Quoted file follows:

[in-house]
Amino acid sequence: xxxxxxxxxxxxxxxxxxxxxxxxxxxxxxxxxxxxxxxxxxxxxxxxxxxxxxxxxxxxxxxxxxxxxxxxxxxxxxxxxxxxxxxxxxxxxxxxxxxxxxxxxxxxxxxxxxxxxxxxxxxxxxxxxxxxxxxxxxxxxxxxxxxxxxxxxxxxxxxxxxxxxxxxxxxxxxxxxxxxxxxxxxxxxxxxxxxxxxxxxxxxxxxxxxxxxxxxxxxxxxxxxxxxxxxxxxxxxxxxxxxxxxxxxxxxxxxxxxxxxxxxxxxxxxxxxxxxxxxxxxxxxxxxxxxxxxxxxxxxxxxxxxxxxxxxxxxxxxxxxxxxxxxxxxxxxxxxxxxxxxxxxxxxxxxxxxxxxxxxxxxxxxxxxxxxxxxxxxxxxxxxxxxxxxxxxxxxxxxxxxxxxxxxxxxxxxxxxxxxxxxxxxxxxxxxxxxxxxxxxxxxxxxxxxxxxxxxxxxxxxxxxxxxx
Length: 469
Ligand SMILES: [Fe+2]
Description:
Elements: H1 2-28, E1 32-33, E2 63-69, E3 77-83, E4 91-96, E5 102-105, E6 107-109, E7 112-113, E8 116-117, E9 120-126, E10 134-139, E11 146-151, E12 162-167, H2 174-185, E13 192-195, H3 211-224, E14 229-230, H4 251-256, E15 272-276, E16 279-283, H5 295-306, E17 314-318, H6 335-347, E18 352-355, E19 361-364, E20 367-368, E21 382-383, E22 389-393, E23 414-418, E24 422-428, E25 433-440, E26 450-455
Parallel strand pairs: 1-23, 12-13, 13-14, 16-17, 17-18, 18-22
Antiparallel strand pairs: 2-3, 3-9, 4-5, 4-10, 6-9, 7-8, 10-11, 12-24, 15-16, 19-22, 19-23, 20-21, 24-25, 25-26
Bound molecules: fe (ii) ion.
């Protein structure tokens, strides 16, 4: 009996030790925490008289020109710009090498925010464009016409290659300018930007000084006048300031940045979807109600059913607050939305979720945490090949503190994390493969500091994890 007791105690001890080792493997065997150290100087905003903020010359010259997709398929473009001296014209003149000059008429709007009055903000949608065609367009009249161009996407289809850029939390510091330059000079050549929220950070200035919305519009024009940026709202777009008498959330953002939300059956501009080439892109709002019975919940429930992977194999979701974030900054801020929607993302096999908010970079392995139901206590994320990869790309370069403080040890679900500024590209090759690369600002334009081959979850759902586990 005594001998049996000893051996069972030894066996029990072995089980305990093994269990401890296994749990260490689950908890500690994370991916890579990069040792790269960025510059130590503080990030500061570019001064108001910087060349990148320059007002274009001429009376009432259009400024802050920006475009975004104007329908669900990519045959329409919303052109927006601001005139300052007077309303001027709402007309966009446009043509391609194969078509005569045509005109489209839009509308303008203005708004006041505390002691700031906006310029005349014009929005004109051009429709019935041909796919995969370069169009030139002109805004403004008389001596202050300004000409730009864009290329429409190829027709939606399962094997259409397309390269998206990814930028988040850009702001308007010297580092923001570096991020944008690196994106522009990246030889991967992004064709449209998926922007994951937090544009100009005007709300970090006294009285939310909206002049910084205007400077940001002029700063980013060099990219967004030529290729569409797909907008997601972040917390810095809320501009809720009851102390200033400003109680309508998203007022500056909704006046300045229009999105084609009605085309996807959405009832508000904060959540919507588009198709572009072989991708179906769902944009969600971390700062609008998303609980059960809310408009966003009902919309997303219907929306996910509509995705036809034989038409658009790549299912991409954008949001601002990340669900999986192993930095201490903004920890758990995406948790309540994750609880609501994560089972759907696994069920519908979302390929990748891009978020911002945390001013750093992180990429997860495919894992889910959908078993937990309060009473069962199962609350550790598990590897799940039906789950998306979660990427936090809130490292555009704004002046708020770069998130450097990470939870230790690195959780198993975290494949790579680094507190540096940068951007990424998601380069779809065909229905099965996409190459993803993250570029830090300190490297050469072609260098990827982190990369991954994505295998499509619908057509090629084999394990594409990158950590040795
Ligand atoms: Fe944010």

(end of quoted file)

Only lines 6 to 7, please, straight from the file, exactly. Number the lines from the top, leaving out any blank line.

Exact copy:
Elements: H1 2-28, E1 32-33, E2 63-69, E3 77-83, E4 91-96, E5 102-105, E6 107-109, E7 112-113, E8 116-117, E9 120-126, E10 134-139, E11 146-151, E12 162-167, H2 174-185, E13 192-195, H3 211-224, E14 229-230, H4 251-256, E15 272-276, E16 279-283, H5 295-306, E17 314-318, H6 335-347, E18 352-355, E19 361-364, E20 367-368, E21 382-383, E22 389-393, E23 414-418, E24 422-428, E25 433-440, E26 450-455
Parallel strand pairs: 1-23, 12-13, 13-14, 16-17, 17-18, 18-22